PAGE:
BY JILLIAN CORNACCHIONE
With the amount of severe injuries increasing in recent years, the Wadsworth girls lacrosse program has turned to helmets for the upcoming 2019 season.
Concerns regarding head injuries have continued to grow with each passing year. Throughout last season, spring of 2018, the Wadsworth girls lacrosse program faced an alarming amount of injuries, the most prominent of which was concussions. Many of these resulted in countless players sitting out for part of the season or, in some cases, the entire season. Concussions are not just subjected to the high school level. There were a handful of concussions across the high school, middle school and youth programs.
Lacrosse has one of the highest concussion ratings among sports in the United States. According to USA Today, lacrosse trails only football in terms of concussion risk, with 6.9 reported for every 10,000 athletic exposures.
As these numbers continue to rise each year, parents and coaches have begun to address the problem. Through the search for a way to limit these injuries, many have come to the conclusion that better protective headgear is the best solution.
“I was part of the committee that really looked into the feasibility of going with helmets across all of the Wadsworth girls lacrosse program,” said Karl Yurchiak, one of the High School Girls’ Lacrosse coaches. “It was a combination of the different levels of coaches and administrators of the program but also, it had a lot to do with the feedback from players and parents. It was not an overnight decision, but discussions that started early last season.”
Although both boys and girls lacrosse players are required to wear some form of protection during games and practices, girls do not have nearly as much safety equipment as the boys.
Boys wear mouth guards, elbow and shoulder pads and helmets with face masks. Girls are just required to wear mouth guards, along with eye protection goggles. The reasoning is that boys’ lacrosse is allowed more physical contact than girls’.
But, in reality, the rules of girls’ lacrosse do not cease the extensive amount of injuries occurring throughout the nation. A girls’ lacrosse game can get extremely intense and become very competitive. As a result, the possibility of injury increases for the players.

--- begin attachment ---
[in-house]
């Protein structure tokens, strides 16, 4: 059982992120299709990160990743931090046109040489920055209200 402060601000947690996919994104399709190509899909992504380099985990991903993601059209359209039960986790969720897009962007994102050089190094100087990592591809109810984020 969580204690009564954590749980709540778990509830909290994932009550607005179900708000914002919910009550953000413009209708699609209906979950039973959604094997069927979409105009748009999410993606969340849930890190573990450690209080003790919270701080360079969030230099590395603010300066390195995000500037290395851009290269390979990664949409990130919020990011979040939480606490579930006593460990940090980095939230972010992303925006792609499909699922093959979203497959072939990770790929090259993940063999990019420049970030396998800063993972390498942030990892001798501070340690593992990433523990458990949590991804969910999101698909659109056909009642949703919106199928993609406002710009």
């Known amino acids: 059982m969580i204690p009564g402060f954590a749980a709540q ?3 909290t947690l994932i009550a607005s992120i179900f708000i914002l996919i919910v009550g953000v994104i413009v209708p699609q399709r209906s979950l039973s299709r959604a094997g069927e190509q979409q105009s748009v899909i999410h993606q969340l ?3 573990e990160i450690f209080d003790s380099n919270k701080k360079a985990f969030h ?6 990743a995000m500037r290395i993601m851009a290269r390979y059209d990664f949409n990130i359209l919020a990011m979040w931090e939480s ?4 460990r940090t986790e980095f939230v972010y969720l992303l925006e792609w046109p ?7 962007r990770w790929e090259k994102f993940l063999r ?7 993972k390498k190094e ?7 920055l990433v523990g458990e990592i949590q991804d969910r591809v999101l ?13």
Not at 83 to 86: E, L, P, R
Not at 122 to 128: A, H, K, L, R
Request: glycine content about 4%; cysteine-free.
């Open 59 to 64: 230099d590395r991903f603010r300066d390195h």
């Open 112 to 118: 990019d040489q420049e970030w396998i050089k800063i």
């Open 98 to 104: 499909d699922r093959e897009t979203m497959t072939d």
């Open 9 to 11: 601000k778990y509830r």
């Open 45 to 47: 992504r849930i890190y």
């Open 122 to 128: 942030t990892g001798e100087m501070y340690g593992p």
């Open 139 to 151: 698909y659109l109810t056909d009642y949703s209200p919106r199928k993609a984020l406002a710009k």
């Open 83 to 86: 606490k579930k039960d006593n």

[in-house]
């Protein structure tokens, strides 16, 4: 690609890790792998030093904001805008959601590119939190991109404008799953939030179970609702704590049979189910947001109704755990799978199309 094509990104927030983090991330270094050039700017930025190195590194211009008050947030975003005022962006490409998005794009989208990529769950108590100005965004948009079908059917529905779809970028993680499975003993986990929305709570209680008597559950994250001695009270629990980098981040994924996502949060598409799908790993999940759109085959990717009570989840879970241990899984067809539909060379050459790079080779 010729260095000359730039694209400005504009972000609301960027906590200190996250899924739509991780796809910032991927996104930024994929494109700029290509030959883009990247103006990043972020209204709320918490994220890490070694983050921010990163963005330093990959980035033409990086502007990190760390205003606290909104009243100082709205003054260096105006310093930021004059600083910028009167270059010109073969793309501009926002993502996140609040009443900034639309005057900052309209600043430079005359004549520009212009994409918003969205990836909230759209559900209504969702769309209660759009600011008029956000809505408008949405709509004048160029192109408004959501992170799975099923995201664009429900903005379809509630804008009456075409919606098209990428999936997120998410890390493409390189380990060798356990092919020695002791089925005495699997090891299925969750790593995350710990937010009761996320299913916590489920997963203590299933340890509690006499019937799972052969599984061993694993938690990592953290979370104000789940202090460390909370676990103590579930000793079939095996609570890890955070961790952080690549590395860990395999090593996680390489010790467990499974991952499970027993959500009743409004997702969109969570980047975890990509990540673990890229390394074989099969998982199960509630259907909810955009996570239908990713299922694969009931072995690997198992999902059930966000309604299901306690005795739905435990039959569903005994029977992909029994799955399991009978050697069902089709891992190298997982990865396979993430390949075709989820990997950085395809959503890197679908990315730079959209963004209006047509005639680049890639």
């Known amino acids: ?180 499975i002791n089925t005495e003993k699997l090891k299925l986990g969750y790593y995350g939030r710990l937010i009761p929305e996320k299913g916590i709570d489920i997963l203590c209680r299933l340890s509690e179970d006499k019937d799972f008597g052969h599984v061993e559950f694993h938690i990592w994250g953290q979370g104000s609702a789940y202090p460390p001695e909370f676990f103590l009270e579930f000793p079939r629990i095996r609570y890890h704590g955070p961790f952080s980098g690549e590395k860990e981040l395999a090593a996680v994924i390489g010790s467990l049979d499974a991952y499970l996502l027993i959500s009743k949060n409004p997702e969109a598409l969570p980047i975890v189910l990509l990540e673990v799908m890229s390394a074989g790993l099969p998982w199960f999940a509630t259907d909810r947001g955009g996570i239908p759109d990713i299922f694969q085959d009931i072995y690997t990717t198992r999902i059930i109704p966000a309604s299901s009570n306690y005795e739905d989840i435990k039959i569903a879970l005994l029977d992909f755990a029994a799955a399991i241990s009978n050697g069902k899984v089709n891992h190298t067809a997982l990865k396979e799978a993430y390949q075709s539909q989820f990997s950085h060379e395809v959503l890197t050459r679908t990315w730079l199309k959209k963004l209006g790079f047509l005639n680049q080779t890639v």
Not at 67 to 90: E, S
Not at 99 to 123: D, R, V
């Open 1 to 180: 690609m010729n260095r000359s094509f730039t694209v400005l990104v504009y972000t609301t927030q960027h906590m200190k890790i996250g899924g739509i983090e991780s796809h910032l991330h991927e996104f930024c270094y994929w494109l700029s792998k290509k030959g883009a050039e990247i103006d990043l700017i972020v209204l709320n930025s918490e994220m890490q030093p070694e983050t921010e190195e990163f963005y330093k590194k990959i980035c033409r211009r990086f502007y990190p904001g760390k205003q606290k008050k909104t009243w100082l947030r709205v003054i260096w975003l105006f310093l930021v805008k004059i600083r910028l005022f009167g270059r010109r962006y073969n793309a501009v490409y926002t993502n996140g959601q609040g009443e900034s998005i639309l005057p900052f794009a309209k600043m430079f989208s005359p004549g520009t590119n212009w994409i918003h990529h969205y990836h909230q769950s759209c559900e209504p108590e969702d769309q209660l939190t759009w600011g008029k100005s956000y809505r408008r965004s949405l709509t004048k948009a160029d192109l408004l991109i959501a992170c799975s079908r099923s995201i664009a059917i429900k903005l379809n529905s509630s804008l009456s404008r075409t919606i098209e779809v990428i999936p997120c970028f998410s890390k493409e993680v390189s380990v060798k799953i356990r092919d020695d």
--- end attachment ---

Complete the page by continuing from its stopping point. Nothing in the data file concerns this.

“I saw first hand last year, head injuries can occur at all levels and from different events. From an inadvertent stick to the head, a collision at full speed head to head, or just a ball striking the head from a shot or a pass. Girls’ lacrosse is a fast moving sport,” said Yurchiak.
“If we are offered the opportunity to protect our student athletes, why not [do so]?”-Karl Yurchiak
Because of the risks, there has been a lot of discussion throughout the past few years over whether protective headgear for girls should no longer be merely an option, but a requirement.
Helmets have been mandatory in boys’ lacrosse for years. Although it is not mandated by US Lacrosse or OHSAA, there are several states and programs that have already instituted a helmet program for girls’ as well.
“If we are afforded the opportunity to protect our student-athletes, why not [do so]?” said Yurchiak. “We wear mouthpieces to protect our teeth and goggles for the eyes and part of the face, why not protect our heads? I truly believe that it is in our safest interest to move to helmets, based on the head injuries and concussions that we saw on all levels last season.Although head injuries can not be completely ruled out, if we can greatly reduce the chance or effects, then I am fully for it.”
Many other coaches, not just Yurchiak, believe that this action is extremely beneficial and will help improve the safety of the players participating in the sport. They see wearing helmets as an evident proposal that would affect the players in a positive way.
However, some coaches disagree with the action of making helmets a requirement. Popular arguments against wearing helmets include that they are a threat to a team’s performance and a distractions to the players. They also believe it will make players more aggressive, and that they are not necessary given that current rules restrict most contact. There is also not a lot of data on them because they have not been out in the market for very long.
For these reasons, making helmets mandatory is still a nationwide discussion.
After countless months of in-depth debating, the girls program has taken the initiative to follow in the footsteps of other girls’ lacrosse programs throughout the country. Wadsworth now requires all girl players at all levels to wear helmets. This is in the hope that it will greatly reduce the number of concussions in the upcoming season.
“I am looking forward to a great season this year,” said Kaitlyn Kittle, 11, a member of the team. “I think wearing helmets will contribute to this in the sense that it will protect us from severe head injuries and allow us to play to our greatest potentials.”
This story was printed in December. For more print articles, check out the full issue: